In September 2015 we received the chair covers of ten chairs from Mount Stewart, County Down, Northern Ireland. Only the covers came to the Studio, as the chair frames were being treated at the property.
The Dining Room at Mount Stewart House, Co. Down, Northern Ireland. The Siena and white marble chimneypiece dates from about 1790. The Empire chairs were used by the delegates to the Congress of Vienna in 1815 and presented to Viscount Castlereagh at its conclusion.
Empire chairs, part of a set of twenty two which were used by the delegates to the Congress of Vienna in 1815 and presented to Viscount Castlereagh at its conclusion, in the Dining Room at Mount Stewart House, Co. Down, Northern Ireland.
Room setting before conservation treatment Chairs in situ before conservation treatment
The ten sets of covers are from a set of twenty-two Empire period chairs used at the 1814-1815 Congress of Vienna (a conference of European state ambassadors to set a long-term peace plan in Europe following the French Revolutionary Wars and the Napoleonic Wars). The covers however are a later addition to the chairs and were stitched by nuns in Nantes in the early 1930s.
Each chair has three separate covers: a plain woven outside back and a needlepoint inside back and seat (a total of 30 textile pieces for the 10 chairs). Every inside back is unique, as it represents each ambassador and the seat represents the country they come from. The seats have recurring designs, as several ambassadors may have been sent by the same country.
Clancarty seat cover ©National Trust/Textile Conservation Studio
Clancarty inside back cover ©National Trust/Textile Conservation Studio
Clancarty outside back cover ©National Trsut/Textile Conservation Studio
Clancarty seat, inside back and outside back before conservation
The main objective of this project was to clean the covers and infill the losses, to ensure their future stability and to complement the re-gilded chair frames in line with the client brief. The project is part of the £8 million restoration project at Mount Stewart.
After an initial assessment of condition and damage, the covers were vacuumed to remove the dust and dirt from the surfaces. Following cleaning tests they were prepared for wet cleaning by protecting the edges and weak areas.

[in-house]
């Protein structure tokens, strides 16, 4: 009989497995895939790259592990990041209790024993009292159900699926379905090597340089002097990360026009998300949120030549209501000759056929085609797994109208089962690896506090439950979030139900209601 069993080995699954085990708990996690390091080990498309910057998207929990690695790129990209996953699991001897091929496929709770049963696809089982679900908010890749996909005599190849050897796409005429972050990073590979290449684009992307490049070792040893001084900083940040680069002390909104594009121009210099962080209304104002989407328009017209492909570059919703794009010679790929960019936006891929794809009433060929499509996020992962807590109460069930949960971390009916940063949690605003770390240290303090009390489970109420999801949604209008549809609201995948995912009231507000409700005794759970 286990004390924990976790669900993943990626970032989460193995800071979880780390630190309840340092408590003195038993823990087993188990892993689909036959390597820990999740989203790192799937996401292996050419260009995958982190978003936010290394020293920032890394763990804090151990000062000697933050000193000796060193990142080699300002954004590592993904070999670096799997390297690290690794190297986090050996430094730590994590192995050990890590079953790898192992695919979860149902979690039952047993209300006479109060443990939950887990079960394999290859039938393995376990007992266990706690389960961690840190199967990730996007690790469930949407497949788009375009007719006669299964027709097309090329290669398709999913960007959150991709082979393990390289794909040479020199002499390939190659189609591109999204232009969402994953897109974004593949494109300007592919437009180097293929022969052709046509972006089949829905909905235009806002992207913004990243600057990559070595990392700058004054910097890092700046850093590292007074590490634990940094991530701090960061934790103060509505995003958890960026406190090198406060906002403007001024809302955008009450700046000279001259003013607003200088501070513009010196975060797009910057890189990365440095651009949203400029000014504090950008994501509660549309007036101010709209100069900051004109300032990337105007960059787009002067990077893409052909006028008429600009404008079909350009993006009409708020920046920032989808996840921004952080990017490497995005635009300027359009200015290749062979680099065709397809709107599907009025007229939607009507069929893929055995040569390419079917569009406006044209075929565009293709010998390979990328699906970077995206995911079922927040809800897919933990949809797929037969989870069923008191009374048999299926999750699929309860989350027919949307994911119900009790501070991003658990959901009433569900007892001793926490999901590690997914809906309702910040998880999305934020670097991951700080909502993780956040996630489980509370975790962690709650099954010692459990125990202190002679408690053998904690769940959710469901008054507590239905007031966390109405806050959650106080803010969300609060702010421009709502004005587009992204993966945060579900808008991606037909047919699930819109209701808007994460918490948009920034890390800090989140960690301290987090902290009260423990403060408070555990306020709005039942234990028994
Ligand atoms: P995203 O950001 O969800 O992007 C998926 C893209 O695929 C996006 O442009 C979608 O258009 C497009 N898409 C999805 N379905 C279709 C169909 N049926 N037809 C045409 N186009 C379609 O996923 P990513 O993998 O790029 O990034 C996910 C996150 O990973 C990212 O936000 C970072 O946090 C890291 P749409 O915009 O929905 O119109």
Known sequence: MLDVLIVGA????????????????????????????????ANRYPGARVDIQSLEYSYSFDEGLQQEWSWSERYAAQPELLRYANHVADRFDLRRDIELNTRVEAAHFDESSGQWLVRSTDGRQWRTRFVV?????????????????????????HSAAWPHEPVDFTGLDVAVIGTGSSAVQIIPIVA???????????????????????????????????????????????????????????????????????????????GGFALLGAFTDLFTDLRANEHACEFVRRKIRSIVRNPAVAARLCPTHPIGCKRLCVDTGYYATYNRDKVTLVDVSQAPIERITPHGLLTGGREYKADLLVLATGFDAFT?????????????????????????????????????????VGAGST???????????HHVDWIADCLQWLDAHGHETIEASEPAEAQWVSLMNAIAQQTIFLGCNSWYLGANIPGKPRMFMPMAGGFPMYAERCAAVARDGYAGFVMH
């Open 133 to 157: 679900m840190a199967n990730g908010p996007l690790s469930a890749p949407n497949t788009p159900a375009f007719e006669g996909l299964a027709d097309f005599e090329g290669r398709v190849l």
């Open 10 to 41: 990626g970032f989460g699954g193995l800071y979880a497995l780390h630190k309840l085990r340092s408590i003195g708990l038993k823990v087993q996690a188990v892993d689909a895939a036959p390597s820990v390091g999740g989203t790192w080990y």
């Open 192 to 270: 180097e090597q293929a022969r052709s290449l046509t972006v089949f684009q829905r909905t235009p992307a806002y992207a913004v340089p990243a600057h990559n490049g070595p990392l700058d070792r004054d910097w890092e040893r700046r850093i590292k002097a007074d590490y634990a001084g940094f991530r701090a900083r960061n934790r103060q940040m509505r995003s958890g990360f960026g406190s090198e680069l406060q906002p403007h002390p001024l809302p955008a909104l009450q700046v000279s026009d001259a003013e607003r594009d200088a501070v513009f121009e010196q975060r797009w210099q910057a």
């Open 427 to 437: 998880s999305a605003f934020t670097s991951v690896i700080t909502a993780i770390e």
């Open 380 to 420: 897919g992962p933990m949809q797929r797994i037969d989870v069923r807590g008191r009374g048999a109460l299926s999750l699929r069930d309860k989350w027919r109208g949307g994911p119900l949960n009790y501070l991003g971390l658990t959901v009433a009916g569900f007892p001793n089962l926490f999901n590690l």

Protecting edges with net before wet cleaning ©National Trust/Textile Conservation Studio
Protecting weak silk areas with Reemay® ©National Trust/Textile Conservation Studio
Netting the unfinished edges Weak silk areas protected with Reemay® on reverse
The wet cleaning was carried out in a made-to-size bath in our wet room. Over the course of one day one set of covers could be washed and laid out to dry overnight. Tests showed that the covers were very acidic and washing in a normal conservation detergent solution did not raise the pH. A buffered wash solution set at pH5.8 helped raise the pH to a more stable level and also helped reduce colour loss from the silk and wool threads.
Set up for wet cleaning
The wet cleaning was carried out in different stages:
- Pre-soak to wet out the covers
- 3 wash baths with a conservation grade detergent and buffering chemicals
- Rinsing after each wash bath
- Up to 9 rinses after the last wash bath to remove all the detergent
Following tests, it was found that the engrained dirt could be loosened when carefully agitated. A selection of brushes and a sponge were used for this during the wash baths.
The tools and equipment used during wet cleaning were:
- pH meter
- Conductivity meter
- Rubber suede shoebrush
- Rubber dog toothbrush
The needlework covers were dried on a suction table to prevent colour run from some of the less stable embroidery threads.
Samples of pre-soak, baths and rinses
Duc de Noailles before wet cleaning and Duc de Dalberg after wet cleaning
In line with the client brief, after wet cleaning the areas of loss were filled in with stitching to bring the covers back to their original appearance. To achieve this the covers were mounted on an embroidery frame. Careful documentation was carried out and photographs taken before and after stitching to identify any new work.
- Anchor and DMC stranded cotton for silk areas
- Gutermann Silk 303 for silk areas
- Appleton’s Crewel wool for wool areas
Set up for infilling losses© National Trust/Textile Conservation Studio
Seat (Clancarty) during infill ©National Trust/Textile Conservation Studio
Clancarty seat mounted on an embroidery frame
Inside back, Wessenberg, before infill. ©National Trust/Textile Conservation Studio
Inside back, Wessenberg, after infill ©National Trust/Textile Conservation Studio
‘Wessenberg’ before and after infill
Following treatment the covers were sent back to Mount Stewart to be reupholstered onto the newly re-gilded chairs. We are now working on the remainder of the chair covers to complete the set.
Find out more about the chairs from our National Trust Collections online here